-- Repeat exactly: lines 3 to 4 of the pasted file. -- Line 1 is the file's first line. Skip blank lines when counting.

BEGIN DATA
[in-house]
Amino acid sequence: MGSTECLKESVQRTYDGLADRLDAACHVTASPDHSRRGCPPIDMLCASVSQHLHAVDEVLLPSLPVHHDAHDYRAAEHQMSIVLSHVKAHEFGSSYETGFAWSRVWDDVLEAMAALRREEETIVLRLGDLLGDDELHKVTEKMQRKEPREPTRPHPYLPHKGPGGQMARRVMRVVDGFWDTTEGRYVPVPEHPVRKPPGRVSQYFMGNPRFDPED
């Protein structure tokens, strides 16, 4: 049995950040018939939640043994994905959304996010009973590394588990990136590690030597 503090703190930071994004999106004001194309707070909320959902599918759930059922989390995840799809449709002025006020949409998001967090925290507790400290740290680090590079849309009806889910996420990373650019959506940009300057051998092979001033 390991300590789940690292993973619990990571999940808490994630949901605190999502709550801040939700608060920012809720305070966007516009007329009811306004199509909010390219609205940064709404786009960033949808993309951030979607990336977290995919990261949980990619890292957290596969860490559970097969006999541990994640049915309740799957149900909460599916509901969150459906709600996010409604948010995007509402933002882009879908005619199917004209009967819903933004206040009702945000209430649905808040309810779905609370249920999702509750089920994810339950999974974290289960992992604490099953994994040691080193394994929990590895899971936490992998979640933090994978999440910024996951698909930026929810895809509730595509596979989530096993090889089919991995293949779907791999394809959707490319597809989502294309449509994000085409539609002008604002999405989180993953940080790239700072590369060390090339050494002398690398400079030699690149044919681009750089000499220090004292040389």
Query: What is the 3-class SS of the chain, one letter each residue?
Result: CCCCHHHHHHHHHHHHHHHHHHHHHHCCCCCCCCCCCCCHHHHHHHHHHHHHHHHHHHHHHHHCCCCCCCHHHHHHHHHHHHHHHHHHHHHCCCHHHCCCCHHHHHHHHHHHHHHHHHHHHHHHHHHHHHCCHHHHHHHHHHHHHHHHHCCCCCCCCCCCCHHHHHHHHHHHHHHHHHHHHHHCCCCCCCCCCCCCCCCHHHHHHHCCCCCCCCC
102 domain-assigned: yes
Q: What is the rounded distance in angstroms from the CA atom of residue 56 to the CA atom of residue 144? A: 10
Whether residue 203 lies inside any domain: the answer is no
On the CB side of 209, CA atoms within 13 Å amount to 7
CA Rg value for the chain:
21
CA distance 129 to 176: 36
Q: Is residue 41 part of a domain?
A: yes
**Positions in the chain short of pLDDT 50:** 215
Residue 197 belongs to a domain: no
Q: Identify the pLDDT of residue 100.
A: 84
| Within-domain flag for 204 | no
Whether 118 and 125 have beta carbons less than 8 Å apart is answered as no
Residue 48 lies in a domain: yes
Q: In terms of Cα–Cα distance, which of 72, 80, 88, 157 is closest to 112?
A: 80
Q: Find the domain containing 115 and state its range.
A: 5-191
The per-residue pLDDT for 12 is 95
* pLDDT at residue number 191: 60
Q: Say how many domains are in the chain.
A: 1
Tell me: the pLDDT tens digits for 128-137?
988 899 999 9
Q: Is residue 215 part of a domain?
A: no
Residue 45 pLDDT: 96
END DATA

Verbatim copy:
């Protein structure tokens, strides 16, 4: 049995950040018939939640043994994905959304996010009973590394588990990136590690030597 503090703190930071994004999106004001194309707070909320959902599918759930059922989390995840799809449709002025006020949409998001967090925290507790400290740290680090590079849309009806889910996420990373650019959506940009300057051998092979001033 390991300590789940690292993973619990990571999940808490994630949901605190999502709550801040939700608060920012809720305070966007516009007329009811306004199509909010390219609205940064709404786009960033949808993309951030979607990336977290995919990261949980990619890292957290596969860490559970097969006999541990994640049915309740799957149900909460599916509901969150459906709600996010409604948010995007509402933002882009879908005619199917004209009967819903933004206040009702945000209430649905808040309810779905609370249920999702509750089920994810339950999974974290289960992992604490099953994994040691080193394994929990590895899971936490992998979640933090994978999440910024996951698909930026929810895809509730595509596979989530096993090889089919991995293949779907791999394809959707490319597809989502294309449509994000085409539609002008604002999405989180993953940080790239700072590369060390090339050494002398690398400079030699690149044919681009750089000499220090004292040389």
Query: What is the 3-class SS of the chain, one letter each residue?